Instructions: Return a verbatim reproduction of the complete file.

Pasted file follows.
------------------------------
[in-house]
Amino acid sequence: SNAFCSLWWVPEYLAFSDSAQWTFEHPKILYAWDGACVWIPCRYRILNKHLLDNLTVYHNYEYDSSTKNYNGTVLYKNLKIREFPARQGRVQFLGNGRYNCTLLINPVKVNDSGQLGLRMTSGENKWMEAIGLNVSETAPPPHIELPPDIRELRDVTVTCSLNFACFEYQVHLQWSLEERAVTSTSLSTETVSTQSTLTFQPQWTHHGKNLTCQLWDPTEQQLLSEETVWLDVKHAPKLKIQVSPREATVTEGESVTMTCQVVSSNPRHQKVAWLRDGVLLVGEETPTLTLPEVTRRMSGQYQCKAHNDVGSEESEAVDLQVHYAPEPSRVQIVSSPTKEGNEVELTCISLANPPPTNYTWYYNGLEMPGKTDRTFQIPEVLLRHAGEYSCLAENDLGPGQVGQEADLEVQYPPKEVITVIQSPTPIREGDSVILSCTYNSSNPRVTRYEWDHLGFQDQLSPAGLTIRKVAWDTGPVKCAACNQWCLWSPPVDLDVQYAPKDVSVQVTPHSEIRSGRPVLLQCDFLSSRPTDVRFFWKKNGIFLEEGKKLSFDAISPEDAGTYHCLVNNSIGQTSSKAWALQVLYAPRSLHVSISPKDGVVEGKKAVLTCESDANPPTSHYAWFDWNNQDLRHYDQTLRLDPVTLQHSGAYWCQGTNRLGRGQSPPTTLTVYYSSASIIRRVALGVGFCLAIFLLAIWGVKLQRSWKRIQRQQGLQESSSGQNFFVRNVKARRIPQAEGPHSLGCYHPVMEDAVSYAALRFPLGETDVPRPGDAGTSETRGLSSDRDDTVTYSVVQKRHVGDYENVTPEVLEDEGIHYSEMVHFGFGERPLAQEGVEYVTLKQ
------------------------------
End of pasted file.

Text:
[in-house]
Amino acid sequence: SNAFCSLWWVPEYLAFSDSAQWTFEHPKILYAWDGACVWIPCRYRILNKHLLDNLTVYHNYEYDSSTKNYNGTVLYKNLKIREFPARQGRVQFLGNGRYNCTLLINPVKVNDSGQLGLRMTSGENKWMEAIGLNVSETAPPPHIELPPDIRELRDVTVTCSLNFACFEYQVHLQWSLEERAVTSTSLSTETVSTQSTLTFQPQWTHHGKNLTCQLWDPTEQQLLSEETVWLDVKHAPKLKIQVSPREATVTEGESVTMTCQVVSSNPRHQKVAWLRDGVLLVGEETPTLTLPEVTRRMSGQYQCKAHNDVGSEESEAVDLQVHYAPEPSRVQIVSSPTKEGNEVELTCISLANPPPTNYTWYYNGLEMPGKTDRTFQIPEVLLRHAGEYSCLAENDLGPGQVGQEADLEVQYPPKEVITVIQSPTPIREGDSVILSCTYNSSNPRVTRYEWDHLGFQDQLSPAGLTIRKVAWDTGPVKCAACNQWCLWSPPVDLDVQYAPKDVSVQVTPHSEIRSGRPVLLQCDFLSSRPTDVRFFWKKNGIFLEEGKKLSFDAISPEDAGTYHCLVNNSIGQTSSKAWALQVLYAPRSLHVSISPKDGVVEGKKAVLTCESDANPPTSHYAWFDWNNQDLRHYDQTLRLDPVTLQHSGAYWCQGTNRLGRGQSPPTTLTVYYSSASIIRRVALGVGFCLAIFLLAIWGVKLQRSWKRIQRQQGLQESSSGQNFFVRNVKARRIPQAEGPHSLGCYHPVMEDAVSYAALRFPLGETDVPRPGDAGTSETRGLSSDRDDTVTYSVVQKRHVGDYENVTPEVLEDEGIHYSEMVHFGFGERPLAQEGVEYVTLKQ